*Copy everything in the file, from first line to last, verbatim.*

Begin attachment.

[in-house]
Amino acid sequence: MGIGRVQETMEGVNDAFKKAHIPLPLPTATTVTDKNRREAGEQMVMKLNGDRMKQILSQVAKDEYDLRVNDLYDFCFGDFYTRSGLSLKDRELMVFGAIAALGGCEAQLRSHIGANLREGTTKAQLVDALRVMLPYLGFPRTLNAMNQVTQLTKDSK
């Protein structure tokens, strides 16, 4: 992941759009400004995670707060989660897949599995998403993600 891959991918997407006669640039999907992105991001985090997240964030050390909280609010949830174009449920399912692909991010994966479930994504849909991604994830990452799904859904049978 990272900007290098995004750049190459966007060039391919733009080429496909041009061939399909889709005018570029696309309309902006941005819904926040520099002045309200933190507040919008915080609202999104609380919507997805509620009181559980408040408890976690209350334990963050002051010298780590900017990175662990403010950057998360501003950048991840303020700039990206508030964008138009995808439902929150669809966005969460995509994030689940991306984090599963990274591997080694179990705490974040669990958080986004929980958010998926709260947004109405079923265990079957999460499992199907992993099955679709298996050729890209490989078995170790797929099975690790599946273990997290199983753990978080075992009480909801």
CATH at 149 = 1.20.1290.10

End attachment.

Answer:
[in-house]
Amino acid sequence: MGIGRVQETMEGVNDAFKKAHIPLPLPTATTVTDKNRREAGEQMVMKLNGDRMKQILSQVAKDEYDLRVNDLYDFCFGDFYTRSGLSLKDRELMVFGAIAALGGCEAQLRSHIGANLREGTTKAQLVDALRVMLPYLGFPRTLNAMNQVTQLTKDSK
């Protein structure tokens, strides 16, 4: 992941759009400004995670707060989660897949599995998403993600 891959991918997407006669640039999907992105991001985090997240964030050390909280609010949830174009449920399912692909991010994966479930994504849909991604994830990452799904859904049978 990272900007290098995004750049190459966007060039391919733009080429496909041009061939399909889709005018570029696309309309902006941005819904926040520099002045309200933190507040919008915080609202999104609380919507997805509620009181559980408040408890976690209350334990963050002051010298780590900017990175662990403010950057998360501003950048991840303020700039990206508030964008138009995808439902929150669809966005969460995509994030689940991306984090599963990274591997080694179990705490974040669990958080986004929980958010998926709260947004109405079923265990079957999460499992199907992993099955679709298996050729890209490989078995170790797929099975690790599946273990997290199983753990978080075992009480909801």
CATH at 149 = 1.20.1290.10